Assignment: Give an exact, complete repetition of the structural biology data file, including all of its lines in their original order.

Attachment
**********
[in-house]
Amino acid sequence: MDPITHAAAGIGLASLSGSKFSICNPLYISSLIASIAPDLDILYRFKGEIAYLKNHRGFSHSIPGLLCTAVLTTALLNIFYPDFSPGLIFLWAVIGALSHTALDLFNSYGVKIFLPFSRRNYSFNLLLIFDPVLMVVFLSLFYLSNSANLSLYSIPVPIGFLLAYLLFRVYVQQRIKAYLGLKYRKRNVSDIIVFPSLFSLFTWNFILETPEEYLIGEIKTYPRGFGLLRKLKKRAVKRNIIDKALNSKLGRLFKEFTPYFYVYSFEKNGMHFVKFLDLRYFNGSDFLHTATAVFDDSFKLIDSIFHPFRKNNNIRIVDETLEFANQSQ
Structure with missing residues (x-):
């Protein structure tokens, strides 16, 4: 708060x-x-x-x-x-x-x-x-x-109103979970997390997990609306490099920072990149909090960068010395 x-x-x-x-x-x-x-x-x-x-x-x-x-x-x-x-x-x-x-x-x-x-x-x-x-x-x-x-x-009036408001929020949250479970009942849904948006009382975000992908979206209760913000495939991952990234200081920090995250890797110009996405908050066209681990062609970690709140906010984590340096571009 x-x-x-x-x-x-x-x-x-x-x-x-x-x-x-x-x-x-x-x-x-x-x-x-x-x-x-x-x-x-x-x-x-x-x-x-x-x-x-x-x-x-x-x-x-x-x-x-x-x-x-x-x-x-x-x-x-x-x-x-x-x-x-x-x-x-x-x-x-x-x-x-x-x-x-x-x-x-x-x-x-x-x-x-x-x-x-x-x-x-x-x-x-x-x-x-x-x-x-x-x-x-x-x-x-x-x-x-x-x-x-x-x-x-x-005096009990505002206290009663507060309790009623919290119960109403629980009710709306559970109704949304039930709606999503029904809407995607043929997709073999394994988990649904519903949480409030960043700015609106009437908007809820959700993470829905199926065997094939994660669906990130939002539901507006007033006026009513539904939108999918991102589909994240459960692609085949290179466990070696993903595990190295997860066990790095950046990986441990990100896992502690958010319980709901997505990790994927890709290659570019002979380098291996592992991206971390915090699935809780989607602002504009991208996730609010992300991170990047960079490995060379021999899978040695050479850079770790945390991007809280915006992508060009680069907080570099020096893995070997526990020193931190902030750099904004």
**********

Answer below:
[in-house]
Amino acid sequence: MDPITHAAAGIGLASLSGSKFSICNPLYISSLIASIAPDLDILYRFKGEIAYLKNHRGFSHSIPGLLCTAVLTTALLNIFYPDFSPGLIFLWAVIGALSHTALDLFNSYGVKIFLPFSRRNYSFNLLLIFDPVLMVVFLSLFYLSNSANLSLYSIPVPIGFLLAYLLFRVYVQQRIKAYLGLKYRKRNVSDIIVFPSLFSLFTWNFILETPEEYLIGEIKTYPRGFGLLRKLKKRAVKRNIIDKALNSKLGRLFKEFTPYFYVYSFEKNGMHFVKFLDLRYFNGSDFLHTATAVFDDSFKLIDSIFHPFRKNNNIRIVDETLEFANQSQ
Structure with missing residues (x-):
């Protein structure tokens, strides 16, 4: 708060x-x-x-x-x-x-x-x-x-109103979970997390997990609306490099920072990149909090960068010395 x-x-x-x-x-x-x-x-x-x-x-x-x-x-x-x-x-x-x-x-x-x-x-x-x-x-x-x-x-009036408001929020949250479970009942849904948006009382975000992908979206209760913000495939991952990234200081920090995250890797110009996405908050066209681990062609970690709140906010984590340096571009 x-x-x-x-x-x-x-x-x-x-x-x-x-x-x-x-x-x-x-x-x-x-x-x-x-x-x-x-x-x-x-x-x-x-x-x-x-x-x-x-x-x-x-x-x-x-x-x-x-x-x-x-x-x-x-x-x-x-x-x-x-x-x-x-x-x-x-x-x-x-x-x-x-x-x-x-x-x-x-x-x-x-x-x-x-x-x-x-x-x-x-x-x-x-x-x-x-x-x-x-x-x-x-x-x-x-x-x-x-x-x-x-x-x-x-005096009990505002206290009663507060309790009623919290119960109403629980009710709306559970109704949304039930709606999503029904809407995607043929997709073999394994988990649904519903949480409030960043700015609106009437908007809820959700993470829905199926065997094939994660669906990130939002539901507006007033006026009513539904939108999918991102589909994240459960692609085949290179466990070696993903595990190295997860066990790095950046990986441990990100896992502690958010319980709901997505990790994927890709290659570019002979380098291996592992991206971390915090699935809780989607602002504009991208996730609010992300991170990047960079490995060379021999899978040695050479850079770790945390991007809280915006992508060009680069907080570099020096893995070997526990020193931190902030750099904004």